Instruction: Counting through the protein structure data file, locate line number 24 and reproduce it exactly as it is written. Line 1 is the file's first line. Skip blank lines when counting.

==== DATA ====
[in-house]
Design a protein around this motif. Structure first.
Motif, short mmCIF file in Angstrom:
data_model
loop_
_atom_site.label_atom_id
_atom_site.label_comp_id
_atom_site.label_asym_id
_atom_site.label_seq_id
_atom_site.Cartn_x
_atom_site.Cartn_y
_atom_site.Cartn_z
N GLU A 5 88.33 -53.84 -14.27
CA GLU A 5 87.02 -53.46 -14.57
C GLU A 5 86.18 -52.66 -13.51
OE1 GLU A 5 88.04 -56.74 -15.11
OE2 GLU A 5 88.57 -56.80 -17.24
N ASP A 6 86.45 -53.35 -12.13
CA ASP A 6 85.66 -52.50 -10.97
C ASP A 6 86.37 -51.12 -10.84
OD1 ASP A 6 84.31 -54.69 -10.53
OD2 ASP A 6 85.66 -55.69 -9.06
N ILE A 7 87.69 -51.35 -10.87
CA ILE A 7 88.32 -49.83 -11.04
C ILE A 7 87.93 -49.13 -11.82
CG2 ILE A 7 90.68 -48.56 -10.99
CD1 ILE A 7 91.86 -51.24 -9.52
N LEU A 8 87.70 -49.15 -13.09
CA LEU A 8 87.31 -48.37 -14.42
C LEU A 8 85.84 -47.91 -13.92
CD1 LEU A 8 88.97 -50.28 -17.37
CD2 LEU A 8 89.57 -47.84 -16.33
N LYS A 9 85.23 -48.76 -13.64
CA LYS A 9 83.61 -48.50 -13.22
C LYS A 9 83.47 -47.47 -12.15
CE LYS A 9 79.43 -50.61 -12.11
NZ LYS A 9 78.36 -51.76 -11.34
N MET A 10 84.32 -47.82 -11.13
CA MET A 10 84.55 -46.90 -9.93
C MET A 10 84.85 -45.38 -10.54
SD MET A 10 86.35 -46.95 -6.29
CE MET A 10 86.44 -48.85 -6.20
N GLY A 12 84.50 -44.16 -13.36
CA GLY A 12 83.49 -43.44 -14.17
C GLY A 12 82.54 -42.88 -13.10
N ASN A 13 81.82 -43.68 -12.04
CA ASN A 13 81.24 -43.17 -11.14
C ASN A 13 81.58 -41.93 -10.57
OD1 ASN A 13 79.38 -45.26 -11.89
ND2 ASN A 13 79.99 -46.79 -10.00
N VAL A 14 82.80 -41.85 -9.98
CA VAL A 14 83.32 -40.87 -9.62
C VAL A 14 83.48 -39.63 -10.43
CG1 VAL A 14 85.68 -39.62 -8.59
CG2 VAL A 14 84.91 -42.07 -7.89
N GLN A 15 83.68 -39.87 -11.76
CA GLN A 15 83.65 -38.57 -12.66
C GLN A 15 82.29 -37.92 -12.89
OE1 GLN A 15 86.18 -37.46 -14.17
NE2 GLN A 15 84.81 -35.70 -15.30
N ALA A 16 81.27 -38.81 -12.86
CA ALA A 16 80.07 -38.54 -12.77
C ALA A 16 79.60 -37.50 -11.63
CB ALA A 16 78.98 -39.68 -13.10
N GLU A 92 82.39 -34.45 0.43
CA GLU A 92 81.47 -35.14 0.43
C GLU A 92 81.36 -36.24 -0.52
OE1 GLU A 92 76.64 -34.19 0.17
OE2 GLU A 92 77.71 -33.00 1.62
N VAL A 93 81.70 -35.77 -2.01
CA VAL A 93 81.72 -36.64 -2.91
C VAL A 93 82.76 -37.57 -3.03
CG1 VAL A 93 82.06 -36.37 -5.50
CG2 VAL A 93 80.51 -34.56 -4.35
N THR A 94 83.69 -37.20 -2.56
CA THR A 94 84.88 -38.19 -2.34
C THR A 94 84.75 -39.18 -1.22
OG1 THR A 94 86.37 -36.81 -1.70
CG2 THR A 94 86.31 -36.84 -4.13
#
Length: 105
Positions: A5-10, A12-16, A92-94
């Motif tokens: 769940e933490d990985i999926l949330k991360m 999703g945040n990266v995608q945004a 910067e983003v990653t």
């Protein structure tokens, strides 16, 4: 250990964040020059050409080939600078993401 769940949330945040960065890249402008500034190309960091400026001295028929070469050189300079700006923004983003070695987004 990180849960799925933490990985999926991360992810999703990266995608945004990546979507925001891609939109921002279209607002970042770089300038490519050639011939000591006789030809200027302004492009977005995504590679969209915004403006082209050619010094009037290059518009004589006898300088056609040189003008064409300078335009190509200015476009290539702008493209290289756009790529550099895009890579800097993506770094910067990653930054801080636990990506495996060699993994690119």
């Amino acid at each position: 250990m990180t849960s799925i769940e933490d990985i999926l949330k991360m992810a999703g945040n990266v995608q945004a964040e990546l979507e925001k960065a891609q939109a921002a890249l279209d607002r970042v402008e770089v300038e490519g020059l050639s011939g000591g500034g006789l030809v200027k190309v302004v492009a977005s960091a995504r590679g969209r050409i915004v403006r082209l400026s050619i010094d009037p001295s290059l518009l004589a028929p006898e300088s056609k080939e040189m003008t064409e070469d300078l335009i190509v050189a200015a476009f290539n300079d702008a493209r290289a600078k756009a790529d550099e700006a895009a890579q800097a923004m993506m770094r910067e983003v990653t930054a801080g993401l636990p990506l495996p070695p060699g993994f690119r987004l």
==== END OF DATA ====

CA ILE A 7 88.32 -49.83 -11.04